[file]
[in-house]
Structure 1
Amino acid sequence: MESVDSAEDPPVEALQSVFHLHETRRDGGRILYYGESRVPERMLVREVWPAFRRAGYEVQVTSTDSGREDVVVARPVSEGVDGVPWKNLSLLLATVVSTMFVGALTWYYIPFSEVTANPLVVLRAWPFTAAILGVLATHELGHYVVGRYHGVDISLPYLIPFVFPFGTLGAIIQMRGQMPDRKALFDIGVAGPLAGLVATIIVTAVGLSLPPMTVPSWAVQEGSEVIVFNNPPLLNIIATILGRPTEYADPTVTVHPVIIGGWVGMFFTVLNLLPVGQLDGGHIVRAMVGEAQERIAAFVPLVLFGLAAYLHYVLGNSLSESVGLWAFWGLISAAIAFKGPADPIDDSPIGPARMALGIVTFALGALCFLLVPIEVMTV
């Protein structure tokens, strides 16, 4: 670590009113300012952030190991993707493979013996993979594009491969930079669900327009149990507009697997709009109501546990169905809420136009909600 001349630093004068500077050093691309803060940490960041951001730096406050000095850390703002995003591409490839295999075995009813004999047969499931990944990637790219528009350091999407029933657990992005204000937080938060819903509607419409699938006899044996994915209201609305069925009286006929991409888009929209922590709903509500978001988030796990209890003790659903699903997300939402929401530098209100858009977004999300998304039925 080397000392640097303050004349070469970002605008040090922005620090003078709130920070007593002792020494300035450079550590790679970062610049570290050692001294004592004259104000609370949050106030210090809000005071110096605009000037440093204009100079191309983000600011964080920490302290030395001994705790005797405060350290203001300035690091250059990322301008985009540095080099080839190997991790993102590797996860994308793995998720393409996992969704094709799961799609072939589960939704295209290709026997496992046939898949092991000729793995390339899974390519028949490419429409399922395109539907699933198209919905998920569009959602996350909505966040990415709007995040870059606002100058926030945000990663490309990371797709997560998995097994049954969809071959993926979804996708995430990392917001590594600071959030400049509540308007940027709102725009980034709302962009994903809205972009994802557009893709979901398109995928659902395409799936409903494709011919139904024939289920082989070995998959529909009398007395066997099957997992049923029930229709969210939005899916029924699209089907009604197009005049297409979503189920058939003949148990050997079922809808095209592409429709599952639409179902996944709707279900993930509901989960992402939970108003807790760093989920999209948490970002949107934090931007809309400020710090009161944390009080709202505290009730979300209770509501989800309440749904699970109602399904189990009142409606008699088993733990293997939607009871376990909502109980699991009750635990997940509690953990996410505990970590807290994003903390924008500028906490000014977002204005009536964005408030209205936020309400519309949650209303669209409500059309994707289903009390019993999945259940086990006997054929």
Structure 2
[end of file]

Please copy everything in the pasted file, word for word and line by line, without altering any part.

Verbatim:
[in-house]
Structure 1
Amino acid sequence: MESVDSAEDPPVEALQSVFHLHETRRDGGRILYYGESRVPERMLVREVWPAFRRAGYEVQVTSTDSGREDVVVARPVSEGVDGVPWKNLSLLLATVVSTMFVGALTWYYIPFSEVTANPLVVLRAWPFTAAILGVLATHELGHYVVGRYHGVDISLPYLIPFVFPFGTLGAIIQMRGQMPDRKALFDIGVAGPLAGLVATIIVTAVGLSLPPMTVPSWAVQEGSEVIVFNNPPLLNIIATILGRPTEYADPTVTVHPVIIGGWVGMFFTVLNLLPVGQLDGGHIVRAMVGEAQERIAAFVPLVLFGLAAYLHYVLGNSLSESVGLWAFWGLISAAIAFKGPADPIDDSPIGPARMALGIVTFALGALCFLLVPIEVMTV
């Protein structure tokens, strides 16, 4: 670590009113300012952030190991993707493979013996993979594009491969930079669900327009149990507009697997709009109501546990169905809420136009909600 001349630093004068500077050093691309803060940490960041951001730096406050000095850390703002995003591409490839295999075995009813004999047969499931990944990637790219528009350091999407029933657990992005204000937080938060819903509607419409699938006899044996994915209201609305069925009286006929991409888009929209922590709903509500978001988030796990209890003790659903699903997300939402929401530098209100858009977004999300998304039925 080397000392640097303050004349070469970002605008040090922005620090003078709130920070007593002792020494300035450079550590790679970062610049570290050692001294004592004259104000609370949050106030210090809000005071110096605009000037440093204009100079191309983000600011964080920490302290030395001994705790005797405060350290203001300035690091250059990322301008985009540095080099080839190997991790993102590797996860994308793995998720393409996992969704094709799961799609072939589960939704295209290709026997496992046939898949092991000729793995390339899974390519028949490419429409399922395109539907699933198209919905998920569009959602996350909505966040990415709007995040870059606002100058926030945000990663490309990371797709997560998995097994049954969809071959993926979804996708995430990392917001590594600071959030400049509540308007940027709102725009980034709302962009994903809205972009994802557009893709979901398109995928659902395409799936409903494709011919139904024939289920082989070995998959529909009398007395066997099957997992049923029930229709969210939005899916029924699209089907009604197009005049297409979503189920058939003949148990050997079922809808095209592409429709599952639409179902996944709707279900993930509901989960992402939970108003807790760093989920999209948490970002949107934090931007809309400020710090009161944390009080709202505290009730979300209770509501989800309440749904699970109602399904189990009142409606008699088993733990293997939607009871376990909502109980699991009750635990997940509690953990996410505990970590807290994003903390924008500028906490000014977002204005009536964005408030209205936020309400519309949650209303669209409500059309994707289903009390019993999945259940086990006997054929």
Structure 2